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I'm learning Haskell. My interest is to use it for personal computer experimentation. Right now, I'm trying to see how fast Haskell can get. Many claim parity with C(++), and if that is true, I would be very happy (I should note that I will be using Haskell whether or not it's fast, but fast is still a good thing).

My test program implements π(x) with a very simple algorithm: Primes numbers add 1 to the result. Prime numbers have no integer divisors between 1 and √x. This is not an algorithm battle, this is purely for compiler performance.

Haskell seems to be about 6x slower on my computer, which is fine (still 100x faster than pure Python), but that could be just because I'm a Haskell newbie.

Now, my question: How, without changing the algorithm, can I optimize the Haskell implementation? Is Haskell really on performance parity with C?

Here is my Haskell code:

import System.Environment

-- a simple integer square root
isqrt :: Int -> Int
isqrt = floor . sqrt . fromIntegral

-- primality test        
prime :: Int -> Bool
prime x = null [x | q <- [3, 5..isqrt x], rem x q == 0]

main = do
  n <- fmap (read . head) getArgs
  print $ length $ filter prime (2:[3, 5..n])

Here is my C++ code:

#include <iostream>
#include <cmath>
#include <cstdlib>
using namespace std;

bool isPrime(int);

int main(int argc, char* argv[]) {
    int primes = 10000, count = 0;
    if (argc > 1) {
        primes = atoi(argv[1]);
    }
    if (isPrime(2)) {
        count++;
    }
    for (int i = 3; i <= primes; i+=2) {
        if (isPrime(i)){
            count++;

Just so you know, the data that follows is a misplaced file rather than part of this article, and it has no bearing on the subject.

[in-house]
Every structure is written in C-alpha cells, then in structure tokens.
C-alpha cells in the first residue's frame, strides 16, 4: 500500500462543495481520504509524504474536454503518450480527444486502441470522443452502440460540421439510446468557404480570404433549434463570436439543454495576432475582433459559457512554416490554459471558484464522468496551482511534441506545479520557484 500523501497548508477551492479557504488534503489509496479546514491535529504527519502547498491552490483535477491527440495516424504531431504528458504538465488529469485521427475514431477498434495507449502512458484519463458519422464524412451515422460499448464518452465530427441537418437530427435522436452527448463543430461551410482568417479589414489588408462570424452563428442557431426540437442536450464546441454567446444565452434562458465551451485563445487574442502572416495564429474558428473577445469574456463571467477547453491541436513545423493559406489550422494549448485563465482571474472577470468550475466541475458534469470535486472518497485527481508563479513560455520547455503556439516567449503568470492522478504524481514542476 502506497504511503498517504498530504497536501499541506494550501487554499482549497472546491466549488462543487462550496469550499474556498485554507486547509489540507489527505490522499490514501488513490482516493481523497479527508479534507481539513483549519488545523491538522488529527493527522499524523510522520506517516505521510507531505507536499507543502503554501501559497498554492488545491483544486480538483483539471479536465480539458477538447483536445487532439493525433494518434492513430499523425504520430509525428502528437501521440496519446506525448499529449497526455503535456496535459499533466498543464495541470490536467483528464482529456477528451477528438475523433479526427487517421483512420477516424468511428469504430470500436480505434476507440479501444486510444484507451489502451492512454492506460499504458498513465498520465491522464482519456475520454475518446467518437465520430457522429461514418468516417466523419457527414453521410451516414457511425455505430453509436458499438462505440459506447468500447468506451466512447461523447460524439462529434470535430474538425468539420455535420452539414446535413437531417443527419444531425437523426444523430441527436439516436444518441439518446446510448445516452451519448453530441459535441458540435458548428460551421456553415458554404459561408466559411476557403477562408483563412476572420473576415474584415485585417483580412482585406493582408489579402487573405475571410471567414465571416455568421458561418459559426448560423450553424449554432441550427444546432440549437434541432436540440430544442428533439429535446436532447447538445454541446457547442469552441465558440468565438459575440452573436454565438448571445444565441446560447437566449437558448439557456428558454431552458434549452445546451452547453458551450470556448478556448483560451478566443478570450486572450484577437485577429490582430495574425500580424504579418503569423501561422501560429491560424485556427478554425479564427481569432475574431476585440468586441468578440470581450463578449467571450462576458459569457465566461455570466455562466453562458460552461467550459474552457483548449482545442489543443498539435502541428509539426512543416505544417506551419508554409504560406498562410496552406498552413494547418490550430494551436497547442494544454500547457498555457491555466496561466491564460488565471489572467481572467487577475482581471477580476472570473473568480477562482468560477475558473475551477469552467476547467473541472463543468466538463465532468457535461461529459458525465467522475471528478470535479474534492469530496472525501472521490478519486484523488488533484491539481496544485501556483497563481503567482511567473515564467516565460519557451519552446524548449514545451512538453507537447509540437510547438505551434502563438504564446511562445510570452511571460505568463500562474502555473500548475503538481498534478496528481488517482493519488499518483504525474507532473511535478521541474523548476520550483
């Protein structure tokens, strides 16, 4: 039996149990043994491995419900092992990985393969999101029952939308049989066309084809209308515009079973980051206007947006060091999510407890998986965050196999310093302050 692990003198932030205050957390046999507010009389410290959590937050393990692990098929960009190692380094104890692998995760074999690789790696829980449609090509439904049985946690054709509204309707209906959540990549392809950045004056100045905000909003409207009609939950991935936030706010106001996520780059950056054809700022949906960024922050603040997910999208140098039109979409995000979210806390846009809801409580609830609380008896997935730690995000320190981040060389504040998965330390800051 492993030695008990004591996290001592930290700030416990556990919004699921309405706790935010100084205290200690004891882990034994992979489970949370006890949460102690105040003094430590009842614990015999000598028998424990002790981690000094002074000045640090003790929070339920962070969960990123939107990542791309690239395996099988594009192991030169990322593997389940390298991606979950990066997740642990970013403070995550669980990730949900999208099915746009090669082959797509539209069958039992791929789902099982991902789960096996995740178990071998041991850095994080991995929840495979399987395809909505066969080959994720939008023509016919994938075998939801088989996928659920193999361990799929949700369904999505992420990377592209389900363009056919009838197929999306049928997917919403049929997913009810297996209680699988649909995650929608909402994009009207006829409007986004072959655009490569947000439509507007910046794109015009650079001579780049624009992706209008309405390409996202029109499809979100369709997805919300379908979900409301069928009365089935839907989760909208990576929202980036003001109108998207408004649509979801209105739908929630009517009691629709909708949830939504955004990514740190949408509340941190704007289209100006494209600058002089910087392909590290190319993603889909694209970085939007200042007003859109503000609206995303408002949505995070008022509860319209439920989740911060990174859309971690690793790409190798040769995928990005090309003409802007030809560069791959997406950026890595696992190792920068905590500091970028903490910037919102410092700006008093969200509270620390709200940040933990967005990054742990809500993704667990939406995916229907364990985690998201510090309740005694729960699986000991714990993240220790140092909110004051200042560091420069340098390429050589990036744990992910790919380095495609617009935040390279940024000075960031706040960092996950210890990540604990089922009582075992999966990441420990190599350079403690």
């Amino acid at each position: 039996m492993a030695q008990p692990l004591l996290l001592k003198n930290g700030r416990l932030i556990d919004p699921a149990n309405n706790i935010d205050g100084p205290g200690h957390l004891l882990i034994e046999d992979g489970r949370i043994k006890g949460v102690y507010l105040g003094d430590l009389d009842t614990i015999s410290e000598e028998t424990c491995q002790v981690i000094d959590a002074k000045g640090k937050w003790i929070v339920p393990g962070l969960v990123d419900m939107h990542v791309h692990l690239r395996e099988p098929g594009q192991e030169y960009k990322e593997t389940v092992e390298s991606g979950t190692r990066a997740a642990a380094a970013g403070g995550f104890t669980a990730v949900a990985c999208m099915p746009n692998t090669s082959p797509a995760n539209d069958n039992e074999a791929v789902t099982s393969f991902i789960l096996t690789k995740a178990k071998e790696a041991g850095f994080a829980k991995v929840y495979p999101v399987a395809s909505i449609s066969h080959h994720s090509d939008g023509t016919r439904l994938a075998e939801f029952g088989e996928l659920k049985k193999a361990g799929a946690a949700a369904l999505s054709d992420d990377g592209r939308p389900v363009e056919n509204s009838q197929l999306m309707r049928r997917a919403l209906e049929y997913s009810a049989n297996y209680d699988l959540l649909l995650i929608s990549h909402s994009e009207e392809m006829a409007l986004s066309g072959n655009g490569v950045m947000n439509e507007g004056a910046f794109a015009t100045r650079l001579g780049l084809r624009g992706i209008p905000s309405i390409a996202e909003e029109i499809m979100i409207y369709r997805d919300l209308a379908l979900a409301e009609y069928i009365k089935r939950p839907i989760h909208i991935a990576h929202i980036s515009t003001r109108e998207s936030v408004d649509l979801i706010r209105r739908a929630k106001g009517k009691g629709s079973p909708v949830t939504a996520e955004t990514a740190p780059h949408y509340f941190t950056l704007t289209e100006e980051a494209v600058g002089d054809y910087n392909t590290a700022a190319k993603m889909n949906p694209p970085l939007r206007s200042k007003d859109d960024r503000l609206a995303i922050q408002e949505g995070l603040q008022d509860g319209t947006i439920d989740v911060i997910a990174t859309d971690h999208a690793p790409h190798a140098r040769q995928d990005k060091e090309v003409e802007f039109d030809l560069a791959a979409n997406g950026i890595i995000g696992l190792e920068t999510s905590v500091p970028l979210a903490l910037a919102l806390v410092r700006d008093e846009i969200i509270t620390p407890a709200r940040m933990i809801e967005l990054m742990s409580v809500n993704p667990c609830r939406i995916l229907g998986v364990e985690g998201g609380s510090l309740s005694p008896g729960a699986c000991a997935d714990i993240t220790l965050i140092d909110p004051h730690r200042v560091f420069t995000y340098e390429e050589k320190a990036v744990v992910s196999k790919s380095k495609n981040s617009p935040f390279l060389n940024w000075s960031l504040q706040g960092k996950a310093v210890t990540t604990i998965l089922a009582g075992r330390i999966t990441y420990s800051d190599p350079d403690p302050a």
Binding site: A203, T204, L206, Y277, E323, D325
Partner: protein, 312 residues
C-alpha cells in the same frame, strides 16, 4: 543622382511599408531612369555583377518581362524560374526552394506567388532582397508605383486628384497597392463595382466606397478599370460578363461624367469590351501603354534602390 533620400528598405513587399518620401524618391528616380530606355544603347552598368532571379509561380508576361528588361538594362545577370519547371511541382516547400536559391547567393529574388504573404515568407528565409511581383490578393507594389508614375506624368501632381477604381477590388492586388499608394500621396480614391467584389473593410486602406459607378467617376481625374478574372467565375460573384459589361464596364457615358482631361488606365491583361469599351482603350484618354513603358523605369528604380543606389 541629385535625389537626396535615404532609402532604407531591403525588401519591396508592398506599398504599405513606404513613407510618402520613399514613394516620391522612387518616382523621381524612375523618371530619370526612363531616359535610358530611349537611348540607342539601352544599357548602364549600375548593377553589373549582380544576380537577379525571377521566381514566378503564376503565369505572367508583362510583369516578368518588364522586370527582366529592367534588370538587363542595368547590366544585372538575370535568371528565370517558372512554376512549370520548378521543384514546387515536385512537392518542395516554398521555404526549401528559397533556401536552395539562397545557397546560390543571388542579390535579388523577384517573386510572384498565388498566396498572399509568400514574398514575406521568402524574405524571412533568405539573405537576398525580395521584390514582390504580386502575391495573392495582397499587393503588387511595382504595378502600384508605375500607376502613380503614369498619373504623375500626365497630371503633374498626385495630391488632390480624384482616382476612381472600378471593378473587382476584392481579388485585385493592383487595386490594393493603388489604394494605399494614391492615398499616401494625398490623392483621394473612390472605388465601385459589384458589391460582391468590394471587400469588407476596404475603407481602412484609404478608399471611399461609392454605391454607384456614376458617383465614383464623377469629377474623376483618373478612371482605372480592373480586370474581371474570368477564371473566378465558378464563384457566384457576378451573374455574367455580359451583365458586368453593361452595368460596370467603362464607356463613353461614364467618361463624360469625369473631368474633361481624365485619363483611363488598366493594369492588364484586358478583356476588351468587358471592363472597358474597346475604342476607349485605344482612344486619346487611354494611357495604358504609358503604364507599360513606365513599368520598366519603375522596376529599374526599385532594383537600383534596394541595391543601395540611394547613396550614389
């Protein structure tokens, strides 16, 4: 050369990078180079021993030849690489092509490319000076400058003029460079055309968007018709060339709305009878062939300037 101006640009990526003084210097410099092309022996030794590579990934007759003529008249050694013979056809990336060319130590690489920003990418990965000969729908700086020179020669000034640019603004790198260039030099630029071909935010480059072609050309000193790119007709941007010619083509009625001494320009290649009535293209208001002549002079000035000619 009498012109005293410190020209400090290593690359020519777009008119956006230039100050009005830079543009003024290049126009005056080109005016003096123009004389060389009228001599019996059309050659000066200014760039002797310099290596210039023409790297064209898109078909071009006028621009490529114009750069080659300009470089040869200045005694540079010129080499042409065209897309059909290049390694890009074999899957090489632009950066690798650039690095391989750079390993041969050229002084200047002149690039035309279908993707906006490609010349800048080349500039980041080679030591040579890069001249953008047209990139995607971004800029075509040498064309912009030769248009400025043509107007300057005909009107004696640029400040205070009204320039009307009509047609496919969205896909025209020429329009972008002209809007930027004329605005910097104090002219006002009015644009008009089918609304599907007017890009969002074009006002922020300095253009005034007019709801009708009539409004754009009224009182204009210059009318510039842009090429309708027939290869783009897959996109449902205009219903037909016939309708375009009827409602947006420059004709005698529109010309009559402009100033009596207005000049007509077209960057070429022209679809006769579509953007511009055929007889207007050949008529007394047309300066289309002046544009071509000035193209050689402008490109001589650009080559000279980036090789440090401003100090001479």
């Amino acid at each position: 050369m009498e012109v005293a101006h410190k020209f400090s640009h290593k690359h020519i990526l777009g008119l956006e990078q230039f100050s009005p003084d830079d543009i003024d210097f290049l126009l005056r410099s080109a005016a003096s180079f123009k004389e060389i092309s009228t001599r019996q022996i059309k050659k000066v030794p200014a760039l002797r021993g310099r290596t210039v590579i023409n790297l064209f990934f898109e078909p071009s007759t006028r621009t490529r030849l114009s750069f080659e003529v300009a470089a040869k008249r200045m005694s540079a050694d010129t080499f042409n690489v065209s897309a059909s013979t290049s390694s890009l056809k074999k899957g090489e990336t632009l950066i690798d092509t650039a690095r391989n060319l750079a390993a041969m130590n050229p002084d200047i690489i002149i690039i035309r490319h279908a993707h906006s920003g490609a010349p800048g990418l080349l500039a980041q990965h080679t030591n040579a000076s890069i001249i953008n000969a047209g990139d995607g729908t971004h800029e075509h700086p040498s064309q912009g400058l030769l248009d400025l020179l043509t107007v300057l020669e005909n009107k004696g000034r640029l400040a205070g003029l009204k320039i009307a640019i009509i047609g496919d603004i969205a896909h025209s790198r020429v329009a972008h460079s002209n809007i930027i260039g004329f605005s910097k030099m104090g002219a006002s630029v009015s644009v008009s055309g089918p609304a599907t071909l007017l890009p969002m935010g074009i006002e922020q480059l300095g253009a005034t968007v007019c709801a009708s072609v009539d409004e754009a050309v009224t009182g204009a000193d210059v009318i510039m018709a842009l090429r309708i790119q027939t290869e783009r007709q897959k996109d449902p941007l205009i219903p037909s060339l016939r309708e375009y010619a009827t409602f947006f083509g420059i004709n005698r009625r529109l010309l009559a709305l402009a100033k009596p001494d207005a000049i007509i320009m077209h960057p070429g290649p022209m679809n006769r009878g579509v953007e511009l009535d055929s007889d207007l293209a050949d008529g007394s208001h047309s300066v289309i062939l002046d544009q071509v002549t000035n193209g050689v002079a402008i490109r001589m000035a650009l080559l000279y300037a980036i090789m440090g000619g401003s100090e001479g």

}
    }
    cout << count << endl;
    return 0;
}

bool isPrime(int x){
    for (int i = 2; i <= floor(sqrt(x)); i++) {
        if (x % i == 0) {
            return false;
        }
    }
    return true;
}
  • Did you compile your code with optimizations on? – bheklilr Feb 19 '14 at 22:49
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    You'll want to use -O2 when compiling with GHC. The LLVM bit shouldn't have much to do with it (not entirely sure, I've never used it being primarily a windows dev). – bheklilr Feb 19 '14 at 22:52
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    So you're comparing a functional programming system to an imperative one with explicit memory management, by running a program with no data structures or even any unpredictable branches. By the way, don't forget -fprofile-generate and -fprofile-use. – Potatoswatter Feb 19 '14 at 23:51
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    By the way, my eyes hurt when I see those sqrt/floor computations. To check if q <= sqrt(x) can be expressed q*q <= x So there you have it: one integer multiplication vs. several floaing point instructions. – Ingo Feb 20 '14 at 0:47
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    @Ingo: ... of which one is totally unnecessary (i <= floor (sqrt (x)) if and only if i <= sqrt (x)), and one is very expensive. And once x ≥ 2^53, things will go wrong. – gnasher729 Mar 30 '15 at 11:11
31

Your Haskell version is constructing a lazy list in prime only to test if it is null. This seems to indeed be a bottle neck. The following version runs just as fast as the C++ version on my machine:

prime :: Int -> Bool
prime x = go 3
  where
    go q | q <= isqrt x = if rem x q == 0 then False else go (q+2)
    go _  = True

3.31s when compiled with -O2 vs. 3.18s for C++ with gcc 4.8 and -O3 for n=5000000.

Of course, 'guessing' where the program is slow to optimize it is not a very good approach. Fortunately, Haskell has good profiling tools on board.

Compiling and running with

$ ghc --make primes.hs -O2 -prof -auto-all -fforce-recomp && ./primes 5000000 +RTS -p

gives

# primes.prof
  Thu Feb 20 00:49 2014 Time and Allocation Profiling Report  (Final)

     primes +RTS -p -RTS 5000000

  total time  =        5.71 secs   (5710 ticks @ 1000 us, 1 processor)
  total alloc = 259,580,976 bytes  (excludes profiling overheads)

COST CENTRE MODULE  %time %alloc

prime.go    Main     96.4    0.0
main        Main      2.0   84.6
isqrt       Main      0.9   15.4

                                                      individual     inherited
COST CENTRE MODULE                  no.     entries  %time %alloc   %time %alloc

MAIN        MAIN                     45           0    0.0    0.0   100.0  100.0
 main       Main                     91           0    2.0   84.6   100.0  100.0
  prime     Main                     92     2500000    0.7    0.0    98.0   15.4